Thursday, 31 December 2009
After completing a few different drawings and collages focusing on the kachina dolls I had planned to look into other aspects of Buffy's culture, such as the beadwork, jewellery and quillwork. However, after flicking through quite a few books for inspiration I felt a little overwhelmed by the vast amount to look at/draw. In addition, after finding more images of the kachina dolls on the Internet I couldn't help but draw more and more of them. I think they are so interesting and unique and as this is a short project, I figured I will just really focus on them. I particularly like the old style kachinas the best, as they are more naive looking and quite retro. Each one is completely different and I can't help spending hours on the Internet trying to find more and more. I need to try and finalise my colour scheme tomorrow so I can get thinking about yarns. I have a good idea of the colours I want to use but I need to get it down on paper so it is clear. From further exploration of the kachina dolls, I'd like the samples to be quite illustrative and playful. I'd love them to be made up of tiny little kachina faces, but not too sure how this could be achieved. I also plan to look into other research, such as beading etc for ideas on technique to combine with the images of the kachinas. I have included some more images of the most recent old style kachinas I have found.
Friday, 25 December 2009
I visited the Pitt Rivers Museum as I am at home and have wanted to go since it was mentioned to us at college. I also discovered they had quite a few Native American objects in there, so it would be a good source of inspiration for my project. It was a really interesting place, particularly the way the objects are shown together. It is quite cluttered, and the main room is very dark, so I did actually find it quite difficult to see things. However, the balcony which housed quite a few more objects was a bit lighter, and this was my favourite bit of the museum. I was particularly inspired by the beading from all different parts of the world. This opened my eyes up to cultures I wouldn't necessary think of exploring such as India, Pakistan, China. I find the jewellery from these cultures fascinating, and would love to do a project featuring these sometime in the future. Also, the beading and headdresses from Kenya were particularly beautiful. There wasn't as much Native American objects as I had hoped for, however I took some good photographs which I plan to draw and study from. It was difficult to get really good quality photos in terms of exact colour, but they have inspired me to think towards what colour scheme I would like to use. My scoubidous came in the post which I plan to try and knit into my machine to make fringing once I get back to London. As I used fringing in my previous project I need to ensure these have a totally different aesthetic. Perhaps I could attach fringing onto a big chunky piece of knitting (wool and chunky machine), and then felt it. This way I can cut out square like shapes to imitate my dimensional drawings. The fringing could be quite spaced out on the chunky machine, as it would gather together quite a bit once I have felted it.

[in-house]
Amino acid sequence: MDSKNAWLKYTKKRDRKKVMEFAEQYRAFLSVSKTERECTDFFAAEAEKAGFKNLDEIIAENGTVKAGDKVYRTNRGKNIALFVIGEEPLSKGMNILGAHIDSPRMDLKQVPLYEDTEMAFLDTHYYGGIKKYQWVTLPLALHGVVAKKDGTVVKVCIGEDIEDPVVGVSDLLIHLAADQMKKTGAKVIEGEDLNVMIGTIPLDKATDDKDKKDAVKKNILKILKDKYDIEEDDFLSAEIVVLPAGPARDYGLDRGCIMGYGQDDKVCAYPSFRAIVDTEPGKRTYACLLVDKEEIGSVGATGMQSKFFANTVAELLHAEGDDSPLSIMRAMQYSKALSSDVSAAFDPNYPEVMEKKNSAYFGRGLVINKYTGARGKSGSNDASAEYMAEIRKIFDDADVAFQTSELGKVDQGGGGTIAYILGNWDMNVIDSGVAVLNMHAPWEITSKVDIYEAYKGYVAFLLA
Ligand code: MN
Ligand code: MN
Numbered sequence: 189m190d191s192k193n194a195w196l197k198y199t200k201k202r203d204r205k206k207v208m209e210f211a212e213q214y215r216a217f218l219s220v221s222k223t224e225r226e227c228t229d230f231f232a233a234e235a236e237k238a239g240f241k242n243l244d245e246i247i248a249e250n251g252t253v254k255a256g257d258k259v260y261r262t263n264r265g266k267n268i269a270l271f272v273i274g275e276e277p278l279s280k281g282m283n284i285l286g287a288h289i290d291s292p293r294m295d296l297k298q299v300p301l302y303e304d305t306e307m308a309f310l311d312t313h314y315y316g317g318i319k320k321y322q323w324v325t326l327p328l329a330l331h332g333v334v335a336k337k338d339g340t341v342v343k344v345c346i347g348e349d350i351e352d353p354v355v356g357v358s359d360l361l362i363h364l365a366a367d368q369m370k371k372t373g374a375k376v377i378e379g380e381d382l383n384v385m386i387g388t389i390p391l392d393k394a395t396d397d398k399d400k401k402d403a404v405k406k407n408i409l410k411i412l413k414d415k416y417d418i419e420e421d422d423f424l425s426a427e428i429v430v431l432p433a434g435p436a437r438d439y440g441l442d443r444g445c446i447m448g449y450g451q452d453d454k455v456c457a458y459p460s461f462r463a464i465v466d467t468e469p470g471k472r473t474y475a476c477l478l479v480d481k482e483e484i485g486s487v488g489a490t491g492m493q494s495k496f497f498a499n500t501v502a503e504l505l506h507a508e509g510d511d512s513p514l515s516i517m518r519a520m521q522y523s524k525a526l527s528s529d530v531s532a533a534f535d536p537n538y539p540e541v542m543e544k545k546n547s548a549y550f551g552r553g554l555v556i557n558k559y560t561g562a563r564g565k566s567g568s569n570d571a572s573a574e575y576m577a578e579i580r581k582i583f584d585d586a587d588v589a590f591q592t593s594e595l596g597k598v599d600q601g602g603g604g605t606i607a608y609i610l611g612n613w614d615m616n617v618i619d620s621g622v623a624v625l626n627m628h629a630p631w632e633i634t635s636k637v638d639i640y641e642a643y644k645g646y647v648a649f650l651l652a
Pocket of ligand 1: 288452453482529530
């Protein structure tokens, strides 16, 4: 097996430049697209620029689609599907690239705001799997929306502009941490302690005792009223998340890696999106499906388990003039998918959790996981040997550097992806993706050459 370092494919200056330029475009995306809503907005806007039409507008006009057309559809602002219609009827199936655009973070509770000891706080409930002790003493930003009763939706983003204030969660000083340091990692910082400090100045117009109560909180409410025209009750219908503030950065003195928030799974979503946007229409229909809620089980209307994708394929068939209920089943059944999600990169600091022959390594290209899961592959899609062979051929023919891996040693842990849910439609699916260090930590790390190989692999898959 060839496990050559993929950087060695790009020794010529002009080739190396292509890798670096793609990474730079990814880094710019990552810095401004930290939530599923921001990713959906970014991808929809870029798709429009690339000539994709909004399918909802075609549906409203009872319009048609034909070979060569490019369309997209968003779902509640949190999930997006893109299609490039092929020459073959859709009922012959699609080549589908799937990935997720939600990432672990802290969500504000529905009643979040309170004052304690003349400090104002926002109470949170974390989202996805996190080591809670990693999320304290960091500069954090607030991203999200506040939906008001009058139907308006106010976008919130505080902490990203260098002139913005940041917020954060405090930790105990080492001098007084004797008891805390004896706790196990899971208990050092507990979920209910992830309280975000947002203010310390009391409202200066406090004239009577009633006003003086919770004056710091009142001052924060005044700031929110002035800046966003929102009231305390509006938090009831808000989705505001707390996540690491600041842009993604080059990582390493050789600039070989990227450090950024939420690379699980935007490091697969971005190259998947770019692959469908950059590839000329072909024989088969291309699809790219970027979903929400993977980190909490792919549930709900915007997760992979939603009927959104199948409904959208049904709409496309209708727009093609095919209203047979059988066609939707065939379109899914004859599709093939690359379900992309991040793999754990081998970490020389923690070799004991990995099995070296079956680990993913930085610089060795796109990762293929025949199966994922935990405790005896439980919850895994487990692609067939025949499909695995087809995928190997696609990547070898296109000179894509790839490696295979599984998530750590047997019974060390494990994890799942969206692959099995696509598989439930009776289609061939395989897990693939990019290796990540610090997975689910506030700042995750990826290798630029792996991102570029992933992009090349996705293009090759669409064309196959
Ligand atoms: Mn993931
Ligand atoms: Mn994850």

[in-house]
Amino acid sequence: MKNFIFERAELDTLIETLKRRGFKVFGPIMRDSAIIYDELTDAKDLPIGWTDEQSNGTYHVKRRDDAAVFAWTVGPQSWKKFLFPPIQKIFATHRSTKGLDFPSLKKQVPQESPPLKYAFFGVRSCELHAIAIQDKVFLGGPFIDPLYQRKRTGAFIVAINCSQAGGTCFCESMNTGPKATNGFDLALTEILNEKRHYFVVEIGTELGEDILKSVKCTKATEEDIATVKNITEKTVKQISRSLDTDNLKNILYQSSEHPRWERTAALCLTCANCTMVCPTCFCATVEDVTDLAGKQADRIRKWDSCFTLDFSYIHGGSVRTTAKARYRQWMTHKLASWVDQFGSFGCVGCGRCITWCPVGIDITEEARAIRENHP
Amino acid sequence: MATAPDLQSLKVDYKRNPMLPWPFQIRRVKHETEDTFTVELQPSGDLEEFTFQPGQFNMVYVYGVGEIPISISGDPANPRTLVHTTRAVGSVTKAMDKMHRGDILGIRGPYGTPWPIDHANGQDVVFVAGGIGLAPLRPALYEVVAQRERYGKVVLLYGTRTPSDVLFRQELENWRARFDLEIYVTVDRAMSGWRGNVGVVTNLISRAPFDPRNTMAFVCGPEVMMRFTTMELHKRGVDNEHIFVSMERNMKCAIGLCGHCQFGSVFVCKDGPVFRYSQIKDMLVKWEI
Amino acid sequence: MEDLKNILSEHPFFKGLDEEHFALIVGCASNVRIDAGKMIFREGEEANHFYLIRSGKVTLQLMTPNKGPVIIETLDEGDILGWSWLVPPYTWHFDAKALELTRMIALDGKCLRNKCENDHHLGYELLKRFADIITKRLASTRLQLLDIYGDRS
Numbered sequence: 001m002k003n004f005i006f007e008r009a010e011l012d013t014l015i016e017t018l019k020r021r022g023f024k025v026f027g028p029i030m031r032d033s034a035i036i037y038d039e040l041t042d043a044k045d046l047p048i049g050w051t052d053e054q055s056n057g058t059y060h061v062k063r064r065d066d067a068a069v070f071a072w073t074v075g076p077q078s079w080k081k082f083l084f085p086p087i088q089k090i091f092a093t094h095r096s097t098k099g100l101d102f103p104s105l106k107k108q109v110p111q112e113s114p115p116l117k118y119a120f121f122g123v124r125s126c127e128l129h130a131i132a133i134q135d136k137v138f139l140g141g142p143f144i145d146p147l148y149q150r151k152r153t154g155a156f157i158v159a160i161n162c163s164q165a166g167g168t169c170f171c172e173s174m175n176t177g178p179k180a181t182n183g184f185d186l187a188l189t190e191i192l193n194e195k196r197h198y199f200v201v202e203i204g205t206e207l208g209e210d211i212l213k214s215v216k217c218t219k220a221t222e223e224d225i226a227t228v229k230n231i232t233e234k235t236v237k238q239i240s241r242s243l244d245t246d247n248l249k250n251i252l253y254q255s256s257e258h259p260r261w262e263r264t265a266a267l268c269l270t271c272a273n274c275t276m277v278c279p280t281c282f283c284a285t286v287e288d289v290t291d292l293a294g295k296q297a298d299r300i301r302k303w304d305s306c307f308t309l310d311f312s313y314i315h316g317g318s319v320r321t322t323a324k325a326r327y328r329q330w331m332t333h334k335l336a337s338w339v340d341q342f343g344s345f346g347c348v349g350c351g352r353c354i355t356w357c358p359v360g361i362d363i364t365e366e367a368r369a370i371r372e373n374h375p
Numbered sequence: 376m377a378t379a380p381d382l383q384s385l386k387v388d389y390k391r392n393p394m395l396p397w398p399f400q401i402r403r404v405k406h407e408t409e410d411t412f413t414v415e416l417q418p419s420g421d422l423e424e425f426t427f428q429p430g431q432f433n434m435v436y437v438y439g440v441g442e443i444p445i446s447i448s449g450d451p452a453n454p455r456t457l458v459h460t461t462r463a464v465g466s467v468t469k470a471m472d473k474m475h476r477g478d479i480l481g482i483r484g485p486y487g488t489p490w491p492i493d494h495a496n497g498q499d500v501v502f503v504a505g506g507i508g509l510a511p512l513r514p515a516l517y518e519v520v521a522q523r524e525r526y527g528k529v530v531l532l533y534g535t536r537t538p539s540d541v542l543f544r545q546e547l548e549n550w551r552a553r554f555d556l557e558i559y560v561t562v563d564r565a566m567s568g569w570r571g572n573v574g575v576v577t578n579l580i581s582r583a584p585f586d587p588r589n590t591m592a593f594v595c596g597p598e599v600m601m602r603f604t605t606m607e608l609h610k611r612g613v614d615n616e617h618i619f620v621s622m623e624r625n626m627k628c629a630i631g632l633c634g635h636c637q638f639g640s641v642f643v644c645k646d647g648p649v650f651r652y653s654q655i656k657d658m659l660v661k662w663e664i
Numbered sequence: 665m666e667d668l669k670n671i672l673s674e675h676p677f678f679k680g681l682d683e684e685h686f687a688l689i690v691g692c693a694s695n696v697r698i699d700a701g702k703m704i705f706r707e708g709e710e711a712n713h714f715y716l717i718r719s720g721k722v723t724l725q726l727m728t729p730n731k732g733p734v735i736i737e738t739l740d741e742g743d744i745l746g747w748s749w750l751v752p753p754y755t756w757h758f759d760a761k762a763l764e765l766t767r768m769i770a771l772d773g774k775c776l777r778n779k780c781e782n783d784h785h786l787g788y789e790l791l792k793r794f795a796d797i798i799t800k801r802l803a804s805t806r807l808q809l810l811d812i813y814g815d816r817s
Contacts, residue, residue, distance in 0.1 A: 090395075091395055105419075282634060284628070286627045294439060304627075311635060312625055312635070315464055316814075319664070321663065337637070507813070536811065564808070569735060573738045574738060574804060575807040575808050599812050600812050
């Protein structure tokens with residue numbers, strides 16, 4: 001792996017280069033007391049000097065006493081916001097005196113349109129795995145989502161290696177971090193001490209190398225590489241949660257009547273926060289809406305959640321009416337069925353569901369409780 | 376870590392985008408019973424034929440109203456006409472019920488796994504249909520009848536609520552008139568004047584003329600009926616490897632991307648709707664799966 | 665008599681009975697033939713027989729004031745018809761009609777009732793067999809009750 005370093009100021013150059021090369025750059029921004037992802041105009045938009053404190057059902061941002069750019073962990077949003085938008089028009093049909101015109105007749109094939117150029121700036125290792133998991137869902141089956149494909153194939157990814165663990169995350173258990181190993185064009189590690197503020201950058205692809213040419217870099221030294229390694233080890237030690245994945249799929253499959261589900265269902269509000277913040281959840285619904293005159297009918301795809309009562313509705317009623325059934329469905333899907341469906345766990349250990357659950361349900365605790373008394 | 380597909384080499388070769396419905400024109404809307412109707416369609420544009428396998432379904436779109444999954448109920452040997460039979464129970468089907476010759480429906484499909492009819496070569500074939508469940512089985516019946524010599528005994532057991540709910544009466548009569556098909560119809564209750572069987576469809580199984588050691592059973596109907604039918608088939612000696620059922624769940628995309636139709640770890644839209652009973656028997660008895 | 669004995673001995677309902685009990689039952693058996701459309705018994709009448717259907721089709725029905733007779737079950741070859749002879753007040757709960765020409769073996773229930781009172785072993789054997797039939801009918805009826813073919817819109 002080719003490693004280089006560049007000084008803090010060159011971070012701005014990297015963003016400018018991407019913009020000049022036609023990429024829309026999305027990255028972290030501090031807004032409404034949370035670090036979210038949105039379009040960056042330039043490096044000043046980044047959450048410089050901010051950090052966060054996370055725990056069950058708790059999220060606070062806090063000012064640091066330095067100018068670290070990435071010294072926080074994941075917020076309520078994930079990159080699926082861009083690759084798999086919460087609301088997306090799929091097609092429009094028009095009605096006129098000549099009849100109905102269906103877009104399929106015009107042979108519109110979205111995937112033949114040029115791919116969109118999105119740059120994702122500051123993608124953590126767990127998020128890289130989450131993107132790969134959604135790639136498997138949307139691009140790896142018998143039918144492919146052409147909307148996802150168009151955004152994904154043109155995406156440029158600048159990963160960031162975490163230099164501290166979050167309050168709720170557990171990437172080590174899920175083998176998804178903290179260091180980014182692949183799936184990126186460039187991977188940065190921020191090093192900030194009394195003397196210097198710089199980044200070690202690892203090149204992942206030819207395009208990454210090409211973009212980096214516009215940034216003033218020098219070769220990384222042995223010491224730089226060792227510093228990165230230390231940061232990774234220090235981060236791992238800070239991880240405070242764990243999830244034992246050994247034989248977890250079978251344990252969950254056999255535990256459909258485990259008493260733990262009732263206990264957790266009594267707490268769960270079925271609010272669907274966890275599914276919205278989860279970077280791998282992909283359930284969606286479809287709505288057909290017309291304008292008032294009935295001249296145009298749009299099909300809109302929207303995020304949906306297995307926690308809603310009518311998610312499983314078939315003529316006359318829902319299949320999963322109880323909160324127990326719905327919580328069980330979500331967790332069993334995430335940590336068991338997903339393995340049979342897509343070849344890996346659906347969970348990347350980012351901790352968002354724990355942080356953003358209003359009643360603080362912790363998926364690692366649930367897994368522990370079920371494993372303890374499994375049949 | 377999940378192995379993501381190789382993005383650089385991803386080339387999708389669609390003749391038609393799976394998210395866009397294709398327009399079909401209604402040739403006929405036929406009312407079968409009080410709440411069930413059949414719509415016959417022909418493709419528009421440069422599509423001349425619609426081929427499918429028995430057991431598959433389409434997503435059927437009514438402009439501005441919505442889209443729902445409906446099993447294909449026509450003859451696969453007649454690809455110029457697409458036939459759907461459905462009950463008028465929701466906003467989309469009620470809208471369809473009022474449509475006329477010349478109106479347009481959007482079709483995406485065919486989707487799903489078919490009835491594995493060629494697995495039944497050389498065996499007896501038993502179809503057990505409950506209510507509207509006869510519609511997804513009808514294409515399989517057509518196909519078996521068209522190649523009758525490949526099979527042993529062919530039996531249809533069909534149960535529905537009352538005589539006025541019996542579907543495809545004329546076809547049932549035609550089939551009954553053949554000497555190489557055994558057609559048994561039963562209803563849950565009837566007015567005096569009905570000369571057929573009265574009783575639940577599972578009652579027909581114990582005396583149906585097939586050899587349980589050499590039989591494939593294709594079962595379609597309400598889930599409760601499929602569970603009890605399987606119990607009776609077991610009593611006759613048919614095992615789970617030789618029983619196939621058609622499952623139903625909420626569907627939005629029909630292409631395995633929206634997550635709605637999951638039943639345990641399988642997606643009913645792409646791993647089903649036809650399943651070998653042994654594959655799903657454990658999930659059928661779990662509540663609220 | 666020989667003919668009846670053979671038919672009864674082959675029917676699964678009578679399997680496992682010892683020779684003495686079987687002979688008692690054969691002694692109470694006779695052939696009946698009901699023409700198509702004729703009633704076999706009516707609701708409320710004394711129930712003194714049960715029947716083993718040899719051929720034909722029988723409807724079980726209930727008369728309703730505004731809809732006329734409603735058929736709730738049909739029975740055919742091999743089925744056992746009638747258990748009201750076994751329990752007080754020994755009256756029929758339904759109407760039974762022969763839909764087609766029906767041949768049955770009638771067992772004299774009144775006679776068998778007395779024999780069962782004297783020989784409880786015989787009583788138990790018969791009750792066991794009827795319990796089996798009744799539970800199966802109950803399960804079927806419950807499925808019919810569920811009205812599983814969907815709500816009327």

Sunday, 20 December 2009
I discovered Nick Cave's soundsuits a while ago in a book I have on contemporary textiles. However, they recently caught my attention again recently, particularly after looking into Native American Kachina Dolls. I like the otherworldly, monster like quality of them and the way they combine a whole multitude of unusual materials. In addition, I'm also keen to explore Buffy's 60's and 70's persona, and have been looking at vintage craft books and magazines. In particular wacky, eccentric craft that could only belong to that era. Granny squares galore, crochet madness, and a multitude of colours. Nick Cave's soundsuits seem to really sum up these two aspects of Buffy's life that I am interested in exploring.
Saturday, 19 December 2009
I have been pouring over books on Native Americans for the past week and have found some really inspiring research. I particularly love the beading and fringing, and I could see this translating onto the knitting machine beautifully. In addition, at the LCF library I found an amazing book on Pueblo Indians costume, which then led me on further to researching around this particular area. I discovered wonderful imagery of masks and then stumbled across small dolls called Kachina Dolls. The dolls are supposed to be given to children, so they can learn about different spirits through them. Each doll in unique and has a purpose and story behind it. I found a particularly brilliant website displaying many of the dolls. Shown are some pictures I found on the site.